No supervisor or business owner likes to see their key employees leave. A worker’s resignation starts a chain of events that can put stress on everyone in the office, and cost the company money as you try to find a suitable replacement. This can lead many managers to try to move on quickly once the employee leaves. But cutting your losses may not be the best approach. Thoughtful exit interviews are crucial to better hiring and improving employee retention for the rest of your team.

Why Exit Interviews are Important

Many managers look at exit interviews as a tool for correcting organizational failure: an employee is leaving, and they feel like they need to find out why and what they could have done to make them stay. It is true that exit interviews are catalysts for change in the workplace. But they should be viewed less as a way to minimize a failure, and more as a tool for improving the future of your company.

An exit interview has 3 main purposes:

  1. To determine if the working relationship with the employee can be saved;
  2. To convert a departing employee into a company ambassador;
  3. To learn how the company can improve its policies, procedures, and, yes, compensation packages.

 It is this third purpose that allows companies to incorporate data from exit interviews into their organizational reviews and strategic planning, with a goal toward improving workplace satisfaction and employee retention, as well as allowing companies to engage in better hiring practices in the future.

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The 5 W’s of Exit Interviews

Who: The Interviewee

Some companies reserve exit interviews for star performers, top level executives, and long-time employees. But there is truth to be learned even from short-duration hires. Making exit interviews mandatory for all employees can provide insights into aspects of the company that aren’t apparent at the upper levels. For example, interviewing a short-term employee may reveal that the job description used to hire them did not align with the work they were asked to perform. Interviewing low-level employees may also uncover trends in poor management strategies that create a toxic workplace environment.

What: The Method

Depending on the size of your company and your turnover rate, you may want to conduct your exit interviews using surveys, questionnaires, phone interviews, one-on-one interviews, or some combination of each. Surveys and questionnaires provide you with data that is easy to aggregate to identify trends, but they also limit your ability to receive novel feedback. Interviews provide a wider range of information, but they can be skewed by the biases of the interviewer, and the data received can be harder to align with other responses. A short survey followed by a phone or in-person interview can give you the best of both worlds.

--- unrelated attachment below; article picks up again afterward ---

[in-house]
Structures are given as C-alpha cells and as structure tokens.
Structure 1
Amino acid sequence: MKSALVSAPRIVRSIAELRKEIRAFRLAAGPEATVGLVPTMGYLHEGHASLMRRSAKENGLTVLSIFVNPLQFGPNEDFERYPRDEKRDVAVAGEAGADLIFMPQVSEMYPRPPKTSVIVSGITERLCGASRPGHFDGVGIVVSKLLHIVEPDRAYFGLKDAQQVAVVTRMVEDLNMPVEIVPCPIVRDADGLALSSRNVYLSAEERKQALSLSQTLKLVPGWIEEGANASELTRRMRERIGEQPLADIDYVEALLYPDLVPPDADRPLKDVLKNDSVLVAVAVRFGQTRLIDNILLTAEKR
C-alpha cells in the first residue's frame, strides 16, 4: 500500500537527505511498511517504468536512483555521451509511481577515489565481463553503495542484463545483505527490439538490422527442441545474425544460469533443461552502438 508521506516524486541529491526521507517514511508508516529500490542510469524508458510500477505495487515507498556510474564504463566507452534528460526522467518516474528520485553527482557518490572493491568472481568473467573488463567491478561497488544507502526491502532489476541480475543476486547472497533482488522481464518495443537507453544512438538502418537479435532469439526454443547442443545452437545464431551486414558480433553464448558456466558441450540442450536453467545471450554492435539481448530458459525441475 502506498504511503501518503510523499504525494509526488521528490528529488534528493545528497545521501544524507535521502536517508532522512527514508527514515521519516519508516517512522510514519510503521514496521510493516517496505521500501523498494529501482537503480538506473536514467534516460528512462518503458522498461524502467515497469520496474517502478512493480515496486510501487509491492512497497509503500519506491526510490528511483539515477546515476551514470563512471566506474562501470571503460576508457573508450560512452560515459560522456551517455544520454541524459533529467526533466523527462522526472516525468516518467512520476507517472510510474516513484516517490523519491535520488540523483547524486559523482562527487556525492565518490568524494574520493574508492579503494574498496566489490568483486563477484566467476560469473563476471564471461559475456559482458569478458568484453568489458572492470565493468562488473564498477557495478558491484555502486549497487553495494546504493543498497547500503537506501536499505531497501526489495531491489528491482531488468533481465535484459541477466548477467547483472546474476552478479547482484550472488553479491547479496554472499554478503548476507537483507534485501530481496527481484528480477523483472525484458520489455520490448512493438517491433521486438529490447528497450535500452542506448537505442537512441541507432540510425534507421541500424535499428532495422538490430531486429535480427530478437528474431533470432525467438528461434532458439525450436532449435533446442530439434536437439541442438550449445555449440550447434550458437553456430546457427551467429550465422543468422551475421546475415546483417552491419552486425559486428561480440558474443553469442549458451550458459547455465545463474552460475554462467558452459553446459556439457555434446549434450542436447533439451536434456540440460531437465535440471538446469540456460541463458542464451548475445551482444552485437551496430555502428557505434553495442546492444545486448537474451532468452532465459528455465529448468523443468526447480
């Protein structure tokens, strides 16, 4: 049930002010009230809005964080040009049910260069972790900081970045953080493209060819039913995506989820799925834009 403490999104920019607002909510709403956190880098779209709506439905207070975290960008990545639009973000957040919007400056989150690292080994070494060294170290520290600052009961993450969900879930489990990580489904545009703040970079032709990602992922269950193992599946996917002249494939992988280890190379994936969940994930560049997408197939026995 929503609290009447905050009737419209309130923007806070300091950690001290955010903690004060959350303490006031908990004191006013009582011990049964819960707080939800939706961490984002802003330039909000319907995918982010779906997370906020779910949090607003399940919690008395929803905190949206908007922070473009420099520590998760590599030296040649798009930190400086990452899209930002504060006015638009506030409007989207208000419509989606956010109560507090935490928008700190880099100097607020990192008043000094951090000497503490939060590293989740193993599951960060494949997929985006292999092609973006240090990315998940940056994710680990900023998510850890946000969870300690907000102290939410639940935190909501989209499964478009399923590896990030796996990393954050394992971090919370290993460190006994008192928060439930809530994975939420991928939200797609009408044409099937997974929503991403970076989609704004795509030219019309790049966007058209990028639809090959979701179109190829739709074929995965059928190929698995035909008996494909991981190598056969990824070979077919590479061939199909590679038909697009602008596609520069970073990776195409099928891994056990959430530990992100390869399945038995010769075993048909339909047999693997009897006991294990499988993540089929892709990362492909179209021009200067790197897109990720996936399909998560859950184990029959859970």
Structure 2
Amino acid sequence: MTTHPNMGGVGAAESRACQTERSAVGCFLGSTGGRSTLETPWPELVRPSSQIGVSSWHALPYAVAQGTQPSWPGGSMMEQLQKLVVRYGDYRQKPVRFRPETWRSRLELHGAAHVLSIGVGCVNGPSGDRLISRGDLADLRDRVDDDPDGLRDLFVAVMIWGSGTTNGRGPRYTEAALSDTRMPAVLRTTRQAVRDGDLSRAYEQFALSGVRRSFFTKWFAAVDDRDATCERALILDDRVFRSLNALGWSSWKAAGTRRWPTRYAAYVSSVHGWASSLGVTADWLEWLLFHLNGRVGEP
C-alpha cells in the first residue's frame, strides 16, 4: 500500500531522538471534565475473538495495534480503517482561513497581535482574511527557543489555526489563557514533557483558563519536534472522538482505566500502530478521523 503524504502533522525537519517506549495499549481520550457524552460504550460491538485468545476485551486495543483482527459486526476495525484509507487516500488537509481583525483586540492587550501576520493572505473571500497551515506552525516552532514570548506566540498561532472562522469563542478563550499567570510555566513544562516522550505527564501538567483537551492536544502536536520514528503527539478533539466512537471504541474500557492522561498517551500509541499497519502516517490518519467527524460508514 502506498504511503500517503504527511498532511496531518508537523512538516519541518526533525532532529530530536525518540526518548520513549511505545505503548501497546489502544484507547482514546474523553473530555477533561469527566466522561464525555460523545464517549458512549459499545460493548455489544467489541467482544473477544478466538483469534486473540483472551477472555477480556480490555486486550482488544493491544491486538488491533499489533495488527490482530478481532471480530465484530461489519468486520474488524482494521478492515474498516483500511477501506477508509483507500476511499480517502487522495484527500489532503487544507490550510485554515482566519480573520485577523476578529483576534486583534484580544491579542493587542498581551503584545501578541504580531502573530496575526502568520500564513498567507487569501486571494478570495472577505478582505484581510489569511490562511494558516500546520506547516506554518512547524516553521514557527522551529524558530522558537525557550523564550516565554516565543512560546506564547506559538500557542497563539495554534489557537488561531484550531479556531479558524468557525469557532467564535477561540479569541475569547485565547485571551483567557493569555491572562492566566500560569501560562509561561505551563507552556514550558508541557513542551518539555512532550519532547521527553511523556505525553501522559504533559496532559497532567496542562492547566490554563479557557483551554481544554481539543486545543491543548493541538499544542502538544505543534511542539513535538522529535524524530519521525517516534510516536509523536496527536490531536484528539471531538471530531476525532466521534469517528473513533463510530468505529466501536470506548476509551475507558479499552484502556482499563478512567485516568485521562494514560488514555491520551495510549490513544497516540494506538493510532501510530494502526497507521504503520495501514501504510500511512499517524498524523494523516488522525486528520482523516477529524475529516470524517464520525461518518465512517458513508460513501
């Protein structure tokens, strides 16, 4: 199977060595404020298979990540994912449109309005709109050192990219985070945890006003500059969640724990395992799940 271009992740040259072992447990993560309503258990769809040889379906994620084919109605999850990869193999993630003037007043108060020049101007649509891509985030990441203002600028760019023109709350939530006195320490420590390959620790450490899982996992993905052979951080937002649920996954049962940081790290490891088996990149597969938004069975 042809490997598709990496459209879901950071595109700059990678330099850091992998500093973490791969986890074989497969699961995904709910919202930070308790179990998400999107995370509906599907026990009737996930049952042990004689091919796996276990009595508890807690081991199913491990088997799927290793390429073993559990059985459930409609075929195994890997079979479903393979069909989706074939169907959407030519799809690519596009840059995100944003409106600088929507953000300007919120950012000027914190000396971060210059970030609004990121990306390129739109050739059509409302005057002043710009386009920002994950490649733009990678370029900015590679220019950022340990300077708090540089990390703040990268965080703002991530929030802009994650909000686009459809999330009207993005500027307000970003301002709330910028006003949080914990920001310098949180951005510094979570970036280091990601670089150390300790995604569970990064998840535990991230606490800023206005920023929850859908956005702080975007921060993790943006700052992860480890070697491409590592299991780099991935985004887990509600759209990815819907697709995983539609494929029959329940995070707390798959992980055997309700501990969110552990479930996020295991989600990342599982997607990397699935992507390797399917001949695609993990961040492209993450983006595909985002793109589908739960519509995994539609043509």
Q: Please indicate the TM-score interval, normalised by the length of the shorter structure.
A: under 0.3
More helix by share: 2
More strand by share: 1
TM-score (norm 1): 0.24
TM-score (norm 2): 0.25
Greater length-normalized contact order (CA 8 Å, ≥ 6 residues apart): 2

Where: HR vs Outside Consultants

Exit interviews are only as useful as the interviewee’s candor allows. The identity of the interviewer, and their role in the company structure can drastically impair a soon-to-be-former employee’s willingness to openly discuss the company’s shortfalls. Whenever possible, pass over the employee’s direct supervisor, assigning the interview task to the next level up, to the human resource department, or best of all, to an outside consultant. This will improve confidentiality and allow the employee to speak freely without concern that what they say will negatively impact their ability to get references in the future.

When: The Timing for Effective Exit Interviews

Companies often wait until an employee’s last days to perform their exit interviews, but as the employee is walking out the door may be the worst time to ask why they are leaving. Surveys can be sent out in the days immediately following an employee’s notice. However, interviews often benefit from some additional distance to allow the employee’s emotions to cool. Spreading out the exit interview process also allows the interviewers to compare the employee’s responses to see if they are consistent.  

Why: Using the Results of Exit Interviews

Unfortunately, many companies that use exit interviews stop their analysis as soon as they know why the employee left. This limits the effectiveness of the process and prevents the company from learning from the broader trends. It is important to work with your company’s organizational consultant to aggregate what was learned and apply those lessons to the company’s vision and goals so that changes can be made to the hiring and employee retention processes.

David Stanislaw is an organizational development specialist with over 25 years’ experience in improving workplace culture and employee retention. Through business consulting and facilitation, David helps employers reduce employee turnover and make effective use of exit interviews. Contact us to meet with David to move toward high organizational functioning today.